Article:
The gender pay gap is still a problem in the UK – but are we actually tackling it properly? A recent study has now found there’s been a focus on monitoring the issue, rather than actually improving it.
The Global Institute for Women’s Leadership at King’s College London and the Fawcett Society conducted research that looked at gender pay gap reporting systems in the UK and five other countries: Australia, France, Spain, Sweden, and South Africa.
It found the UK ranks joint-last among these nations for the strength of its system, in part because it doesn’t mandate that employers with pay gaps take steps to address them.
Each country was scored across 11 indicators of which the UK scored a four out of 11 - joint lowest with Australia. Meanwhile, Spain was graded the best and received a score of eight and a half.
The study involved interviews with over 80 stakeholders in various countries. These included government officials, employers, trade unionists, academics, and gender equality advocates. All of which have in-depth knowledge of gender pay gap reporting systems.
The report highlighted the importance of changing the system “from a monitoring tool to an action tool.”
Countries such as Spain and France do mandate action, the report found. In the latter, companies could face heavy penalties of up to 1% of company turnover if they fail to address gender inequalities. But the same sanctions do not exist in the UK.
Between 2017/18 and 2018/19, the Government Equalities Office (GEO) found that around half of the gender pay gaps reported by UK employers narrowed. Though this could be seen as a sign of progression, it’s important to note that almost half of the reported pay gaps went in the other direction, widening over the same period – although the short timeframe means it’s too early to judge the system’s true impact.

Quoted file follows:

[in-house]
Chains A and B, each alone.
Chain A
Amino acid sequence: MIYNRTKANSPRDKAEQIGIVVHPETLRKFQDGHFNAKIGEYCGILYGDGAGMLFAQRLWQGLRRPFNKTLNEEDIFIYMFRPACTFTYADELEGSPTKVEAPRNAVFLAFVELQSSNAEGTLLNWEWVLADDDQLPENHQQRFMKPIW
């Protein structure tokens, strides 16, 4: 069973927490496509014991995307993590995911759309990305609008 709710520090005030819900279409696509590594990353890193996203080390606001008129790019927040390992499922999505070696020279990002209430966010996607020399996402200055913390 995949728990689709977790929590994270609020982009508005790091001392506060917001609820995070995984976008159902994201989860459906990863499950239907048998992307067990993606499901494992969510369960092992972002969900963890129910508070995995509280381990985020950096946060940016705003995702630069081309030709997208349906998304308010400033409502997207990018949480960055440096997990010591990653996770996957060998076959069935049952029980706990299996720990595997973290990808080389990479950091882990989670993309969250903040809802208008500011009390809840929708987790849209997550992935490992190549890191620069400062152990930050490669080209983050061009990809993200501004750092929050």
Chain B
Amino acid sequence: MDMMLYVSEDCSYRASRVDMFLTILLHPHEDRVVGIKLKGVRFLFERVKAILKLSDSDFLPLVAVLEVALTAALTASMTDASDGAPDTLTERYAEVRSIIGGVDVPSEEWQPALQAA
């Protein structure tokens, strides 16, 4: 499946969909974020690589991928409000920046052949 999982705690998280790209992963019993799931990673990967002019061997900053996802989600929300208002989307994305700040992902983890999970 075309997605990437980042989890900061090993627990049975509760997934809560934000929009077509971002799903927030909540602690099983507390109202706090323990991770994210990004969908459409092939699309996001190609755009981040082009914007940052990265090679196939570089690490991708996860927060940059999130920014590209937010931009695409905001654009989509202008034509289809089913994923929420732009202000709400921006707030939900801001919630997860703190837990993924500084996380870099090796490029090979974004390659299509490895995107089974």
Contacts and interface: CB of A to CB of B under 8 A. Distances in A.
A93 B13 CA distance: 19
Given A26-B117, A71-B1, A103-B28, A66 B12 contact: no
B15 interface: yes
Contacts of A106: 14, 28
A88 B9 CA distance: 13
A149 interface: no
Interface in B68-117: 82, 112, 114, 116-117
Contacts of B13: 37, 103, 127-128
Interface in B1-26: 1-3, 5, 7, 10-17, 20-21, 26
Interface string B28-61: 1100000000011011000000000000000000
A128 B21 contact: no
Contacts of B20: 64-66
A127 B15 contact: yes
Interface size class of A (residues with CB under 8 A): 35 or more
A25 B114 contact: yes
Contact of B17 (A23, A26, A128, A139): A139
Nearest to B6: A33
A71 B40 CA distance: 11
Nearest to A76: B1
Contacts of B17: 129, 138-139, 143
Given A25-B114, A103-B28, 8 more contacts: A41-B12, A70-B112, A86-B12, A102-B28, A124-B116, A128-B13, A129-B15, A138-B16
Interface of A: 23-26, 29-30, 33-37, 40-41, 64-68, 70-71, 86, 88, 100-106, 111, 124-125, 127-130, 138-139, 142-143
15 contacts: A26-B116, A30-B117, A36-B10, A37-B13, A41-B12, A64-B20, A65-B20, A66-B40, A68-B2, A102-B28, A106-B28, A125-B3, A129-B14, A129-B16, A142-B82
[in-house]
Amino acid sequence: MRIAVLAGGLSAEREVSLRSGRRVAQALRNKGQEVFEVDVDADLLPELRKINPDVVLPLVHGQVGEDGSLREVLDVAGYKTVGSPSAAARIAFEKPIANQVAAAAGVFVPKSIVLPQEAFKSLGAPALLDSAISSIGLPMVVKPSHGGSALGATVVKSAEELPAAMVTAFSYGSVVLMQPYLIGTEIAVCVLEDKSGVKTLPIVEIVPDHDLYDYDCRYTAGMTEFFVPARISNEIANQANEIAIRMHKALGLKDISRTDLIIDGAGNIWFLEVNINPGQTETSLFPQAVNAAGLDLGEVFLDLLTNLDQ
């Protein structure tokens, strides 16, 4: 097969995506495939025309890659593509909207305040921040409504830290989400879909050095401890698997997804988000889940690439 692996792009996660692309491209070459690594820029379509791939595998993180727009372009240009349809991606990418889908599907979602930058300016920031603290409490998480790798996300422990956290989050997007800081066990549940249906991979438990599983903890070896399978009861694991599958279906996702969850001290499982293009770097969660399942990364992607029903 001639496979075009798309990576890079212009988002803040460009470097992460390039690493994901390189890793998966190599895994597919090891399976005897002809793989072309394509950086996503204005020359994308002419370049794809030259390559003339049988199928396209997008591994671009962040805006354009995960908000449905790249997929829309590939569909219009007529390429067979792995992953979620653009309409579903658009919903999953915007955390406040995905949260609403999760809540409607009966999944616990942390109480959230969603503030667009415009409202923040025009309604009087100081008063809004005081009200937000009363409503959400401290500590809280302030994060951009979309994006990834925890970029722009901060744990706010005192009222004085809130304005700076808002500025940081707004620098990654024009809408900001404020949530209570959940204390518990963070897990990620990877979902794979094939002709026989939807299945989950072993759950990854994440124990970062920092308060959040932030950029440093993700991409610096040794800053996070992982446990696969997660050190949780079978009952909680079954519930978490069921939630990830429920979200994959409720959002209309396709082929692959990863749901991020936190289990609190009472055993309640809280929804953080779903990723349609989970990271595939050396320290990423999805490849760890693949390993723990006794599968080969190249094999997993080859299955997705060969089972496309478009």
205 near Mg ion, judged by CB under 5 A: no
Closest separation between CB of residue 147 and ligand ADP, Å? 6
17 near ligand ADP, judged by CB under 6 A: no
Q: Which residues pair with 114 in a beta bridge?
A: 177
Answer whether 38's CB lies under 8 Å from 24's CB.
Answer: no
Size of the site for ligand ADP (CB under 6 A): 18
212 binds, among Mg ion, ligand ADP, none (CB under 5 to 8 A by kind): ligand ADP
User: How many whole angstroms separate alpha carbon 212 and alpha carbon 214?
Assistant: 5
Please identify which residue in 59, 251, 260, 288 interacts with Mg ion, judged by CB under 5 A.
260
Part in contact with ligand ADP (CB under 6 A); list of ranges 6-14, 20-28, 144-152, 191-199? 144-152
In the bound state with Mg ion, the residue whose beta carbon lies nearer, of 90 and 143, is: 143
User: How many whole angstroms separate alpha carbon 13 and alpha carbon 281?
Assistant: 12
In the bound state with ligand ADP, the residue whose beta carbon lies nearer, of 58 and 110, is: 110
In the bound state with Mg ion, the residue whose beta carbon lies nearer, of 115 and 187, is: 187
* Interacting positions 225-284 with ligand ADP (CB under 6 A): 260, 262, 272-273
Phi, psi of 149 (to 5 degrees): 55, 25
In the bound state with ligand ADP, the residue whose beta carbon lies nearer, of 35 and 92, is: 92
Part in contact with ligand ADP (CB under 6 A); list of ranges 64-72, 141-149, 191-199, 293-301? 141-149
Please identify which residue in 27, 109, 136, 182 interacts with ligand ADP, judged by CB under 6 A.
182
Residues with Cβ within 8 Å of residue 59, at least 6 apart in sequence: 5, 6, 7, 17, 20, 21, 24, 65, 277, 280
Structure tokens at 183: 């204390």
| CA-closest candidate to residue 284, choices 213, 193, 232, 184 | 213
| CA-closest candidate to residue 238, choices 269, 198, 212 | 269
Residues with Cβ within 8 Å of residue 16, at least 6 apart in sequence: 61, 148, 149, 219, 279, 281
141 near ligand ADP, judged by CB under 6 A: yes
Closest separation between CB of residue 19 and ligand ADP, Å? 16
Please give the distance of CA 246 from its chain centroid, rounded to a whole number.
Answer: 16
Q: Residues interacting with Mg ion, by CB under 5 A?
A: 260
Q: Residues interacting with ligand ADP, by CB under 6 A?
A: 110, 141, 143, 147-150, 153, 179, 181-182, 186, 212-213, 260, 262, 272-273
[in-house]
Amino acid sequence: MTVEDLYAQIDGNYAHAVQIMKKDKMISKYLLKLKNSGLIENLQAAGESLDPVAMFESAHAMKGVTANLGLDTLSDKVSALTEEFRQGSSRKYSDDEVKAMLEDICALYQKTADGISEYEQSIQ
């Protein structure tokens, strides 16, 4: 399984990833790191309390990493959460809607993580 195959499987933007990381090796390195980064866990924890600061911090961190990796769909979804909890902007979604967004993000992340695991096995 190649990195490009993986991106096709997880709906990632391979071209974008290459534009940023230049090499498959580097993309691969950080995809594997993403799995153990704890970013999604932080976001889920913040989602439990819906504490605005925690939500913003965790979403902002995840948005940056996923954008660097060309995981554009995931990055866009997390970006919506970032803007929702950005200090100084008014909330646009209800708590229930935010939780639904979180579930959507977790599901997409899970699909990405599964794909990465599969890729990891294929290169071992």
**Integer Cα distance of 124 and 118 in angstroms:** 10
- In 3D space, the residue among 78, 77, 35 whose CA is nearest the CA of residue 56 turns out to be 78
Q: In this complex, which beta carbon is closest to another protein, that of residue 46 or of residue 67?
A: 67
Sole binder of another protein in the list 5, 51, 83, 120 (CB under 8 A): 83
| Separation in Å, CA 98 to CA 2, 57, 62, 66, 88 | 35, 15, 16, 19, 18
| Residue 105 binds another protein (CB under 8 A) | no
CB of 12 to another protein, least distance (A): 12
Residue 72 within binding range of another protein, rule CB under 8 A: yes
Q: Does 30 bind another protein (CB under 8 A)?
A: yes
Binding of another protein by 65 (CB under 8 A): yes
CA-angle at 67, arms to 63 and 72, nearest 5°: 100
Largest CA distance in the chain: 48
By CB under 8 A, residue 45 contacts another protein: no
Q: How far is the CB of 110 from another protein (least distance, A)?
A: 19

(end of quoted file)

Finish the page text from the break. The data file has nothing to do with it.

Another way to improve the UK system is to lower the minimum employee threshold for reporting gender pay gaps. Currently, only companies with more than 250 employees have to publicly declare their gap, which “lies well above” the other countries surveyed, such as Sweden, where the threshold is 10 employees and Spain where it’s 150.
Even if the data might fluctuate more within smaller companies, the move could have an important signalling effect, the report says, highlighting how much gender pay equality is seen as a priority in the UK. This could increase the accountability of smaller firms.
Professor Rosie Campbell who is the director of Global Institute for Women’s Leadership at King’s College London said: “At one point, the UK led the field on gender pap reporting – but it’s now falling behind other countries that are going further, faster. The transparency that enabled naming and shaming of poorly performing organisations and highlighted success stories was groundbreaking.”
Felicia Willow, interim chief executive, the Fawcett Society, added: “Gender equality is good for business, good for our economy, and good for employees. Unfortunately, this report clearly shows just how far behind the UK is from comparable countries in reducing its gender pay gap. Reporting without action is not enough.”
Overall, the study makes the following recommendations to improve UK gender pay gap reporting legislation:
Establish a legal obligation to publish action plans.
Lower the minimum employee threshold.
Introduce automatic fines for non-submission of reports.
Increase the capacity of the GEO and Equalities and Human Rights Commission to provide better guidance and support and conduct more rigorous monitoring and analysis of submitted data.